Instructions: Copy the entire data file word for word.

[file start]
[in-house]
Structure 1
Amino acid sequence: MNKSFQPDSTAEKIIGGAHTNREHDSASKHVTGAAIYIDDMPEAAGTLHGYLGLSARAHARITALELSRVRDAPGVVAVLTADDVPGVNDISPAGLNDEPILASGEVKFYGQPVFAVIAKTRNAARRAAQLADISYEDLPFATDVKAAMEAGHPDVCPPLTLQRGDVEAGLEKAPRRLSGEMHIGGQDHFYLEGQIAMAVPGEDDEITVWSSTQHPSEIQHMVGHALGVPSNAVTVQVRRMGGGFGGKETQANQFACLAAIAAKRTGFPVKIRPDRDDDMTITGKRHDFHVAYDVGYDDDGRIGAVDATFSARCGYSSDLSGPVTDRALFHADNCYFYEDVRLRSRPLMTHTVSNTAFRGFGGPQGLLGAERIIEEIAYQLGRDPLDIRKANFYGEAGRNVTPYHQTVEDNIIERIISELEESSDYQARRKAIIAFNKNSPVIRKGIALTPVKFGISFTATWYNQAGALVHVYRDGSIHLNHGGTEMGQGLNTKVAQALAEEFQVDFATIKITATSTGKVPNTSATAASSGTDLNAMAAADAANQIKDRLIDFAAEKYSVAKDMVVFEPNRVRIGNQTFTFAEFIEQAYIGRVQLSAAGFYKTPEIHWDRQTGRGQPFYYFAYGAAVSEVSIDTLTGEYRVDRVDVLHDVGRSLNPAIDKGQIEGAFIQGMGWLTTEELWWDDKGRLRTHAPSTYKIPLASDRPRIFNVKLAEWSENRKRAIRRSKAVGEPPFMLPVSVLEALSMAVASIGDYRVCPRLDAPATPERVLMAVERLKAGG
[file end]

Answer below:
[in-house]
Structure 1
Amino acid sequence: MNKSFQPDSTAEKIIGGAHTNREHDSASKHVTGAAIYIDDMPEAAGTLHGYLGLSARAHARITALELSRVRDAPGVVAVLTADDVPGVNDISPAGLNDEPILASGEVKFYGQPVFAVIAKTRNAARRAAQLADISYEDLPFATDVKAAMEAGHPDVCPPLTLQRGDVEAGLEKAPRRLSGEMHIGGQDHFYLEGQIAMAVPGEDDEITVWSSTQHPSEIQHMVGHALGVPSNAVTVQVRRMGGGFGGKETQANQFACLAAIAAKRTGFPVKIRPDRDDDMTITGKRHDFHVAYDVGYDDDGRIGAVDATFSARCGYSSDLSGPVTDRALFHADNCYFYEDVRLRSRPLMTHTVSNTAFRGFGGPQGLLGAERIIEEIAYQLGRDPLDIRKANFYGEAGRNVTPYHQTVEDNIIERIISELEESSDYQARRKAIIAFNKNSPVIRKGIALTPVKFGISFTATWYNQAGALVHVYRDGSIHLNHGGTEMGQGLNTKVAQALAEEFQVDFATIKITATSTGKVPNTSATAASSGTDLNAMAAADAANQIKDRLIDFAAEKYSVAKDMVVFEPNRVRIGNQTFTFAEFIEQAYIGRVQLSAAGFYKTPEIHWDRQTGRGQPFYYFAYGAAVSEVSIDTLTGEYRVDRVDVLHDVGRSLNPAIDKGQIEGAFIQGMGWLTTEELWWDDKGRLRTHAPSTYKIPLASDRPRIFNVKLAEWSENRKRAIRRSKAVGEPPFMLPVSVLEALSMAVASIGDYRVCPRLDAPATPERVLMAVERLKAGG